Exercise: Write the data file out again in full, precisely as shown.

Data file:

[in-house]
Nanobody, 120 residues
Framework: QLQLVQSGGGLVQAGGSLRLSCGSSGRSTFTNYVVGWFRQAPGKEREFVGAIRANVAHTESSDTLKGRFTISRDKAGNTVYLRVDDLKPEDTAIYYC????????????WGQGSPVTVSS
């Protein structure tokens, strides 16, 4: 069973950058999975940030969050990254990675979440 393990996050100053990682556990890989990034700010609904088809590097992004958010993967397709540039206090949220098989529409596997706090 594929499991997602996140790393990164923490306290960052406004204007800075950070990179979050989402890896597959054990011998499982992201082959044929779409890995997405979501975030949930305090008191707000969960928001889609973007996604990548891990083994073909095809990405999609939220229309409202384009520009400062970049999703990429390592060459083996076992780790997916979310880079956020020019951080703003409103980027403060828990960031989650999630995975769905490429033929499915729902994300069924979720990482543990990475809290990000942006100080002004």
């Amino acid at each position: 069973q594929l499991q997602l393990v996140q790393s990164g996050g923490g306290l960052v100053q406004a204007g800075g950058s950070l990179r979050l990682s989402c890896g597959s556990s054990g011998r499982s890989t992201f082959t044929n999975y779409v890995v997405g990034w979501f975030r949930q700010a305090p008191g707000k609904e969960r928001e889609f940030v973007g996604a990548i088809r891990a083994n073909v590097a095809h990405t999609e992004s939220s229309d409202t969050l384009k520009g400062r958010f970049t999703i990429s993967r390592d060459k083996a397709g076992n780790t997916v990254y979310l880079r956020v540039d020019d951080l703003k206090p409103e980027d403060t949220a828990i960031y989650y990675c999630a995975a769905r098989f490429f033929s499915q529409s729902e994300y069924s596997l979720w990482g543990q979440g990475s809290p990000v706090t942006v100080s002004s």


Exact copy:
[in-house]
Nanobody, 120 residues
Framework: QLQLVQSGGGLVQAGGSLRLSCGSSGRSTFTNYVVGWFRQAPGKEREFVGAIRANVAHTESSDTLKGRFTISRDKAGNTVYLRVDDLKPEDTAIYYC????????????WGQGSPVTVSS
């Protein structure tokens, strides 16, 4: 069973950058999975940030969050990254990675979440 393990996050100053990682556990890989990034700010609904088809590097992004958010993967397709540039206090949220098989529409596997706090 594929499991997602996140790393990164923490306290960052406004204007800075950070990179979050989402890896597959054990011998499982992201082959044929779409890995997405979501975030949930305090008191707000969960928001889609973007996604990548891990083994073909095809990405999609939220229309409202384009520009400062970049999703990429390592060459083996076992780790997916979310880079956020020019951080703003409103980027403060828990960031989650999630995975769905490429033929499915729902994300069924979720990482543990990475809290990000942006100080002004």
């Amino acid at each position: 069973q594929l499991q997602l393990v996140q790393s990164g996050g923490g306290l960052v100053q406004a204007g800075g950058s950070l990179r979050l990682s989402c890896g597959s556990s054990g011998r499982s890989t992201f082959t044929n999975y779409v890995v997405g990034w979501f975030r949930q700010a305090p008191g707000k609904e969960r928001e889609f940030v973007g996604a990548i088809r891990a083994n073909v590097a095809h990405t999609e992004s939220s229309d409202t969050l384009k520009g400062r958010f970049t999703i990429s993967r390592d060459k083996a397709g076992n780790t997916v990254y979310l880079r956020v540039d020019d951080l703003k206090p409103e980027d403060t949220a828990i960031y989650y990675c999630a995975a769905r098989f490429f033929s499915q529409s729902e994300y069924s596997l979720w990482g543990q979440g990475s809290p990000v706090t942006v100080s002004s």